Hi Hat Elkhorn Coal Company, Plaintiff-appellant, v. Inland Steel Company, Defendant-appellee, 370 F.2d 117 (6th Cir. 1966)Annotate this Case
Luther E. Woods, Huntington, W. Va., and John M. Stephens, Pikeville, Ky. (Joe Hobson, Prestonsburg, Ky., on the brief), for appellant.
E. R. Hays, Pikeville, Ky. (Francis L. Rice, Baird & Hays, Pikeville, Ky., on the brief), for appellee.
Before O'SULLIVAN and PHILLIPS, Circuit Judges, and McALLISTER, Senior Circuit Judge.
HARRY PHILLIPS, Circuit Judge.
Plaintiff-appellant ("Hi Hat") sued defendant-appellee ("Inland") for $750,000 in damages claimed to have been caused by Inland dumping slate, sludge and other refuse which allegedly prevented Hi Hat from mining coal. After all the proof had been taken, the district judge, the Honorable Bernard T. Moynahan, Jr., directed a verdict for Inland upon the ground that the proof of damages offered by Hi Hat was so speculative that it would be impossible to submit the issue of damages to the jury.
Jurisdiction is grounded on diversity of citizenship. Kentucky law controls.
On the appeal, Hi Hat contends that its proof was sufficient to require submission of the case to the jury and that the district court erred in directing a verdict.
The Elkhorn Coal Corporation originally owned the coal under a sizable tract of land in Kentucky. There were three seams. Elkhorn sold to Inland the mineral rights to seam No. 3. Inland also acquired from others the surface rights. Thereafter Hi Hat obtained a license to begin mining the other two seams of coal, Nos. 1 and 2. This license permitted Hi Hat to conduct exploratory operations and included an option to lease. If the option had been exercised, Hi Hat would have been required to have mined all the recoverable coal in seams Nos. 1 and 2.
Hi Hat commenced operations as a licensee, but never exercised its option to lease. It contracted with independent coal miners under agreements whereby the contractors would mine the coal and haul it to Hi Hat's coal tipple.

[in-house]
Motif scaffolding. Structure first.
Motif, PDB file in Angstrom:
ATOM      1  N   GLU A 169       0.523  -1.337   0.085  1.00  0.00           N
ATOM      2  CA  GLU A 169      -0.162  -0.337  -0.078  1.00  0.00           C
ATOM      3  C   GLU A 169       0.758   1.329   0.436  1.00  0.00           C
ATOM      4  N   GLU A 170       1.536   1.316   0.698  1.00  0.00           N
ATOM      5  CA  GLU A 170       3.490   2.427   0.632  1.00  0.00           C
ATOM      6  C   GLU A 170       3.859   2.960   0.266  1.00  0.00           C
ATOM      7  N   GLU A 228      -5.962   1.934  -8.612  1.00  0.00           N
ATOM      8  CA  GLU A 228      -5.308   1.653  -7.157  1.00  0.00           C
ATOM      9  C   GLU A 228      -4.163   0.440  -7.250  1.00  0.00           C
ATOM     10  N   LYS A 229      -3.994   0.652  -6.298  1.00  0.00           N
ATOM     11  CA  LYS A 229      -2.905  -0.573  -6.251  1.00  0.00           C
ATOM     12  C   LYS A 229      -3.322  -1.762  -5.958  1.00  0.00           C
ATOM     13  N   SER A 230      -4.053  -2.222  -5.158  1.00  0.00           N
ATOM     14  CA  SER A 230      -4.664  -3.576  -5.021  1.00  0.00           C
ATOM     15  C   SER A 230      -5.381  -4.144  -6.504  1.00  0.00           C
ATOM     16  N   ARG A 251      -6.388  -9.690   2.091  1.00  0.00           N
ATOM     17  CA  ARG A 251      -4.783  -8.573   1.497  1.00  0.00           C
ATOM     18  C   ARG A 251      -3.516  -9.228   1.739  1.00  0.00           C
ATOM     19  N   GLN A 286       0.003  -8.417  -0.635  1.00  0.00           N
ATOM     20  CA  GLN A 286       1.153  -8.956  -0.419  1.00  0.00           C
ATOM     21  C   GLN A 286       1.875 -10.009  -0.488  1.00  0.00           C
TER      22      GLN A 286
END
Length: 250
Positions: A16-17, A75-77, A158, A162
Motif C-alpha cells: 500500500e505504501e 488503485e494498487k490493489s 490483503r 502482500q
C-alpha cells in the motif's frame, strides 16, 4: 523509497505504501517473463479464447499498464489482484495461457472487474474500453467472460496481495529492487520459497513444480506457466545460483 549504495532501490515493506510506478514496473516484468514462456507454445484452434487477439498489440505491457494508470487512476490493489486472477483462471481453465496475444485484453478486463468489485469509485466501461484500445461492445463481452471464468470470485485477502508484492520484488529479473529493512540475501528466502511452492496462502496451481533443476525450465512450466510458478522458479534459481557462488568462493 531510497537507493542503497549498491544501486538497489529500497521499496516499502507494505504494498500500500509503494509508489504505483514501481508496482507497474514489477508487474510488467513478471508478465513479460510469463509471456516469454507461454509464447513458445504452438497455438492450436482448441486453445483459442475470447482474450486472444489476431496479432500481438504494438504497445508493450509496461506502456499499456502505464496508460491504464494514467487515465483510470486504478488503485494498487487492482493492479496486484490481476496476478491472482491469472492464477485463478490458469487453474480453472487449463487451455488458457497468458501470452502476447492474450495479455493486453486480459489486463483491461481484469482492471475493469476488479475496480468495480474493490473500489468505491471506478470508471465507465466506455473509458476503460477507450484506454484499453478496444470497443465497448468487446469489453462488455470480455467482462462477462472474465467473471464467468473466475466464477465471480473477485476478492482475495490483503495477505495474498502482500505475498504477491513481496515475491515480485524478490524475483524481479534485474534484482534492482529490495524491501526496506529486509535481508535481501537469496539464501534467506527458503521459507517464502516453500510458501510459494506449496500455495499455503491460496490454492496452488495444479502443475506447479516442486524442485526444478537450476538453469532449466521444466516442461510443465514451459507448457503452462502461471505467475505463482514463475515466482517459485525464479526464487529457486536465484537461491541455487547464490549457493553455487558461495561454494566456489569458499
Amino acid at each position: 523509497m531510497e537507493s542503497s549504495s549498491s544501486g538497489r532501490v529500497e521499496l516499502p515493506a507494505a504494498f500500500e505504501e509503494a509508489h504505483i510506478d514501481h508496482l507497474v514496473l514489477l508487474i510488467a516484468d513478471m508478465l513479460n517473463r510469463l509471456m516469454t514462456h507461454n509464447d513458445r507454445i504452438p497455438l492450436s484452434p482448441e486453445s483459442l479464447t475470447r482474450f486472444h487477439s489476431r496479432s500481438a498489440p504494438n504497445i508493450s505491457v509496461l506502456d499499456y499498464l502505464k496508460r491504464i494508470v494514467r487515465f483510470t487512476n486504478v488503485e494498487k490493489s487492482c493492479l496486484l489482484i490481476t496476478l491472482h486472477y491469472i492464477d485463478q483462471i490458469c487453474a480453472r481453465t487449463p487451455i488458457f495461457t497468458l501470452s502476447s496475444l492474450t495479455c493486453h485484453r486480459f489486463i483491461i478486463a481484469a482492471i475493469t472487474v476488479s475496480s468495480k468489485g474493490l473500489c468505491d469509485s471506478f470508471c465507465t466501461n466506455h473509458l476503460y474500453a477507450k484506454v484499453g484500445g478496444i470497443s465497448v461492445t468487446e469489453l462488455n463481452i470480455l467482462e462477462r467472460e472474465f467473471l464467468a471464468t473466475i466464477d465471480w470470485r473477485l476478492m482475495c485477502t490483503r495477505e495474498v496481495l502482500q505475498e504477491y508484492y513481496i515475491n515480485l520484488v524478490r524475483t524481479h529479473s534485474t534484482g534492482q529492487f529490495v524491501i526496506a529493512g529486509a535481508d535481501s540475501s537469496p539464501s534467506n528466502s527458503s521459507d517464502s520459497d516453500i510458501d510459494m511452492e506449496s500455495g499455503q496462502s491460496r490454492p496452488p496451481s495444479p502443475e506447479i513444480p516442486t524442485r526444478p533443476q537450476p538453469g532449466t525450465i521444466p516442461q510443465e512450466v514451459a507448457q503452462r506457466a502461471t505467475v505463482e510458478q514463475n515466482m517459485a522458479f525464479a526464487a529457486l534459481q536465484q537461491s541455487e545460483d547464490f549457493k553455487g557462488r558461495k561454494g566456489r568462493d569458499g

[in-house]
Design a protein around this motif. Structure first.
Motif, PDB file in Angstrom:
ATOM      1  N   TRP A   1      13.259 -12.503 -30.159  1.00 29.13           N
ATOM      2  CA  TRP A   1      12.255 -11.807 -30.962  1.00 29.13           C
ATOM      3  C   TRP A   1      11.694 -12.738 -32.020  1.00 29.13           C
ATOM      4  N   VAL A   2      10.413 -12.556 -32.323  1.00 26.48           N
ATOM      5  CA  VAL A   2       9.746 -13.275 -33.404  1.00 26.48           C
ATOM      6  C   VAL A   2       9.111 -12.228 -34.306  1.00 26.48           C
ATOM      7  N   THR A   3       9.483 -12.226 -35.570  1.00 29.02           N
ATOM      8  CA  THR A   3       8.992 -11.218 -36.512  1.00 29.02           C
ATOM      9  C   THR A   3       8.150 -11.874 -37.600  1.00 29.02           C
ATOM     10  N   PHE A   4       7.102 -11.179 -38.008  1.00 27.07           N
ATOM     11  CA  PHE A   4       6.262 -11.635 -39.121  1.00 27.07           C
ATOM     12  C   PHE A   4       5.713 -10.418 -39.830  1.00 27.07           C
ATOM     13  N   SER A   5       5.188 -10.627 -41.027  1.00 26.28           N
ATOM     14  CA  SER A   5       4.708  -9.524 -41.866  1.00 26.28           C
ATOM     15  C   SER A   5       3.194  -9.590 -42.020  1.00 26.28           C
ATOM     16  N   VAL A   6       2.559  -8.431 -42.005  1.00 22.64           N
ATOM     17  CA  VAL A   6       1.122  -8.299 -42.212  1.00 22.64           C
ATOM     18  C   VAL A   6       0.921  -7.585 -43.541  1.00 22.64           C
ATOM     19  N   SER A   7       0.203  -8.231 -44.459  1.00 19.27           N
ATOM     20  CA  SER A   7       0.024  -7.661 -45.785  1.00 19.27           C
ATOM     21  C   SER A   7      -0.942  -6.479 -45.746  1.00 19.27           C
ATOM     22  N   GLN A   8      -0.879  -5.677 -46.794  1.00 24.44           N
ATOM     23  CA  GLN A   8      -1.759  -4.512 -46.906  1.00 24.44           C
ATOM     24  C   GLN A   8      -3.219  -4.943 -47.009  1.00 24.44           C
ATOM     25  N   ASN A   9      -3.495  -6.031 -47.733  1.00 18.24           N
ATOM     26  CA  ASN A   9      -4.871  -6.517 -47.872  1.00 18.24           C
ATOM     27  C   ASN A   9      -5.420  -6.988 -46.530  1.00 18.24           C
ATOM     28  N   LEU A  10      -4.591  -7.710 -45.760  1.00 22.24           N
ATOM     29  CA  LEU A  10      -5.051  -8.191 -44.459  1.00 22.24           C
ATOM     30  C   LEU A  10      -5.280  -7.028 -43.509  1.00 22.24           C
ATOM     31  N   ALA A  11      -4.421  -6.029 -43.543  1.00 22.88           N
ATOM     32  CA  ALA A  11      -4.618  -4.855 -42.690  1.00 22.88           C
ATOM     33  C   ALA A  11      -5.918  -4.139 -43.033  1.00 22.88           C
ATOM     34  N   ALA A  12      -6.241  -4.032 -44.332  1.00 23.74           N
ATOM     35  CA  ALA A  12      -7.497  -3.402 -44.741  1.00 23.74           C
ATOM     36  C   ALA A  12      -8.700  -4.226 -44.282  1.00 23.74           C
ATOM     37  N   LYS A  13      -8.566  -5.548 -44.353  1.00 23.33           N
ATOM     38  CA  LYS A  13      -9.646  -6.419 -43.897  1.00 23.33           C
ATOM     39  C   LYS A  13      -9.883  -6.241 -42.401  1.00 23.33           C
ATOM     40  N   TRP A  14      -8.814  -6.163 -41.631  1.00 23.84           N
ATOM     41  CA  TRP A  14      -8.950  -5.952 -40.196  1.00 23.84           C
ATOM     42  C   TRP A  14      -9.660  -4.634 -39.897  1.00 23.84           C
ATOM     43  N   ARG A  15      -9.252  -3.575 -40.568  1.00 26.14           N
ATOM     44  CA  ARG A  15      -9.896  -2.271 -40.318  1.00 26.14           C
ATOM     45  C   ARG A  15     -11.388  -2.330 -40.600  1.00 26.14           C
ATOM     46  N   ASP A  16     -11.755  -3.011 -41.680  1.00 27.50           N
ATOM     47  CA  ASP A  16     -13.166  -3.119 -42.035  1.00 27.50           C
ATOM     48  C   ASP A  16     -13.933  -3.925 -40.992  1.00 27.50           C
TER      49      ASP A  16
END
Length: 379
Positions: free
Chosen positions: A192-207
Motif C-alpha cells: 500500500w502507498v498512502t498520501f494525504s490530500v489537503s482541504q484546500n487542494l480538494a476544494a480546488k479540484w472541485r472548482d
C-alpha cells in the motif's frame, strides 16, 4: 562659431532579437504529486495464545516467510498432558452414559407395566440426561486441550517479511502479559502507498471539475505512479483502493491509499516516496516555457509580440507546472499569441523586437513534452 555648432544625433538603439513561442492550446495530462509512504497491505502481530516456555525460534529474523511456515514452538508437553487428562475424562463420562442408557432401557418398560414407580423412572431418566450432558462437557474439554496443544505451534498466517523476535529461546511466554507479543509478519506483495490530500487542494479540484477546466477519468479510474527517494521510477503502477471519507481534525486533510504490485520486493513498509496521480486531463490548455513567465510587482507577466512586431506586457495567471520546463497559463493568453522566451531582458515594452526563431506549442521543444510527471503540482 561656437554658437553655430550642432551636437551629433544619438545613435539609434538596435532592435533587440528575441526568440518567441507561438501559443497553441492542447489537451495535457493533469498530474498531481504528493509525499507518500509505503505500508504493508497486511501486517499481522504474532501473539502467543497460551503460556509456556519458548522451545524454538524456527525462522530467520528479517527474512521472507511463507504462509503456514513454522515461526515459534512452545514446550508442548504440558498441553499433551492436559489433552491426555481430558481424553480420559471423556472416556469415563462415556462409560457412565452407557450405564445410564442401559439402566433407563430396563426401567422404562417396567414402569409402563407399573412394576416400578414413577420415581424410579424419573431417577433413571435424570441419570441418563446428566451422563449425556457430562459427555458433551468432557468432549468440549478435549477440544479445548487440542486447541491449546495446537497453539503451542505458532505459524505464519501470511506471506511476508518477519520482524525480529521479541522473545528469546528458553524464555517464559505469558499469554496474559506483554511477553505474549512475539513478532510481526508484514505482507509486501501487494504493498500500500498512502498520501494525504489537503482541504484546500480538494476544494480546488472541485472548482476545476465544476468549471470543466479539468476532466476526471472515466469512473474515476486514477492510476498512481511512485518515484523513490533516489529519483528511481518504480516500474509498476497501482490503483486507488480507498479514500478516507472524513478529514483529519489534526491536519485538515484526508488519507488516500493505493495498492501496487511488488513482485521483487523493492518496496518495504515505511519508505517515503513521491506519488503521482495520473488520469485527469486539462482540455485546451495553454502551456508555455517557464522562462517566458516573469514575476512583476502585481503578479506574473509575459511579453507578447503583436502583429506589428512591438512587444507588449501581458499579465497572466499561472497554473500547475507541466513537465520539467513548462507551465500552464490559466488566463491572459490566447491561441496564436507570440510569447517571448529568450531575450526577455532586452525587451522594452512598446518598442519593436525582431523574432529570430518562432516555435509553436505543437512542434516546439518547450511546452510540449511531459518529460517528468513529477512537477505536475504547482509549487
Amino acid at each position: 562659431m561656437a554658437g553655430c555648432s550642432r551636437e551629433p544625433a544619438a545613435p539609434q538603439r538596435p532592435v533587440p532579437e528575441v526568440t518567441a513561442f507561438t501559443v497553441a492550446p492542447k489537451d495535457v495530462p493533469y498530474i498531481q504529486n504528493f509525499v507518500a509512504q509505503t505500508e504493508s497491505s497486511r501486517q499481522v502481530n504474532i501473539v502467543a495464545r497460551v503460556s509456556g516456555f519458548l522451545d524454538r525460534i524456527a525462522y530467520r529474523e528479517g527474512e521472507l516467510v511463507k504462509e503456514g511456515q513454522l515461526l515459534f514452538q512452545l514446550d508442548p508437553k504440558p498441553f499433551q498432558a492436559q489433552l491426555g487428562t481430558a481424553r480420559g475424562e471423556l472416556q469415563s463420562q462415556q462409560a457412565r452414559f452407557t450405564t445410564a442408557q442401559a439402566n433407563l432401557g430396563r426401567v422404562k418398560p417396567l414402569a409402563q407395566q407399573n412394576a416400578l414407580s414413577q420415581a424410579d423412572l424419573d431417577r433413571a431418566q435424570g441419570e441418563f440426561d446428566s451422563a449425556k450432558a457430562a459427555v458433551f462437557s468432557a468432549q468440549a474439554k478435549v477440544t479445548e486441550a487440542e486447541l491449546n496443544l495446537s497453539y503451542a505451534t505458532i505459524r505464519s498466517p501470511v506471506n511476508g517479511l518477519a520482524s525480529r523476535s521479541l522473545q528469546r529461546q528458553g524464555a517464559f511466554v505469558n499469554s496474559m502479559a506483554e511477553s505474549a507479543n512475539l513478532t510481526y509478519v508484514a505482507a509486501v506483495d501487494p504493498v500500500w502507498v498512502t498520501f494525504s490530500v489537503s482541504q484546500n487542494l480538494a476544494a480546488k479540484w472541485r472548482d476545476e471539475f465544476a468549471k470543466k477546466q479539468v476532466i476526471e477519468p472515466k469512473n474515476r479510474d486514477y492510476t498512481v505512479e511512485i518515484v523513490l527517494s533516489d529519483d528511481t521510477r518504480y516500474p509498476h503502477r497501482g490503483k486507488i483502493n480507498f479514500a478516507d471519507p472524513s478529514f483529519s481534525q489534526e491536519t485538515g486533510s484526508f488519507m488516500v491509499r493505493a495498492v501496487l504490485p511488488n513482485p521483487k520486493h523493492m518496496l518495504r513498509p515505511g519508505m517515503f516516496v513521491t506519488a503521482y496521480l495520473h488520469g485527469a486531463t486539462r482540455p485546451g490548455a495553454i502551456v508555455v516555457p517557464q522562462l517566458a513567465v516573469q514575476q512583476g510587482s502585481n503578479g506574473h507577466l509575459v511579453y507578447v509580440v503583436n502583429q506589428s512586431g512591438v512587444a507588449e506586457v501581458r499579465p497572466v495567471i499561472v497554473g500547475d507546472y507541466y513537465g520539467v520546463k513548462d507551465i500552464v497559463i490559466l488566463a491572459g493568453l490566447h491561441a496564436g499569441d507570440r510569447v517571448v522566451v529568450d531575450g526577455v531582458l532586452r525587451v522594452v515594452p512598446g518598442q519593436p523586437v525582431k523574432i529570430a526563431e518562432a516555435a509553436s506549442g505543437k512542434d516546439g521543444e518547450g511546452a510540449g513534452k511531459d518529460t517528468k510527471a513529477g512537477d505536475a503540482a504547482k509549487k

Hi Hat's cause of action is bottomed on the contention that Inland dumped slate, sludge and other refuse and that "because of the subsidence of said refuse pile of the defendant, the plaintiff was required to stop all further mining on said tract of land * * * and was prevented, by the acts of the defendant from mining any coal therefrom."
Hi Hat offered various items of proof to substantiate its claim for damages, including loss of prospective profits. In directing a verdict for Inland, the district judge ruled that the evidence of damages was based upon assumptions and speculation, not only as to loss of prospective profits, but also as to the amount of recoverable coal in the two seams and what amount of coal Hi Hat and its contractors were prevented from mining because of the slate and other refuse deposited by Inland.
It is well settled that damages will not necessarily be disallowed merely because they may be uncertain in amount. It is sufficient if the evidence shows the result of the damage as a matter of just and reasonable inference, although the result may be only approximate. Story Parchment Co. v. Paterson Parchment Paper Co., 282 U.S. 555, 51 S. Ct. 248, 75 L. Ed. 544; Welders Supply, Inc. v. American Employers' Insurance Co., 358 F.2d 593 (C.A. 6); Lee Shops, Inc. v. Schatten-Cypress Co., 350 F.2d 12 (C.A.6), cert. denied, 382 U.S. 980, 86 S. Ct. 552, 15 L. Ed. 2d 470; Flame Coal Co. v. United Mine Workers of America, 303 F.2d 39 (C.A.6), cert. denied, 371 U.S. 891, 83 S. Ct. 186, 9 L. Ed. 2d 125.
After examining all the evidence in the record in the present case, we agree with the conclusion of the district judge that the proof was too speculative for the case to be submitted to the jury and hold that the trial court did not err in directing a verdict. Kentucky West Virginia Gas Co. v. Frazier, 302 Ky. 642, 646, 195 S.W.2d 271; Spencer v. Woods, 282 S.W.2d 851, 852 (Ky.); Hines v. Denny, 190 Ky. 416, 422, 227 S.W. 567.
Hi Hat further asserts that the district court erred in refusing to admit into evidence certain photographs. Objections were made as to the admissibility of certain of the photographs, some of which were sustained and some overruled, depending upon the condition of the photograph, the time it was made and what it attempted to portray. The district court made rulings as to each objection when it was interposed. We find no prejudicial or reversible error in these rulings, especially in view of our decision upholding the action of the district court in taking the case from the jury and directing a verdict.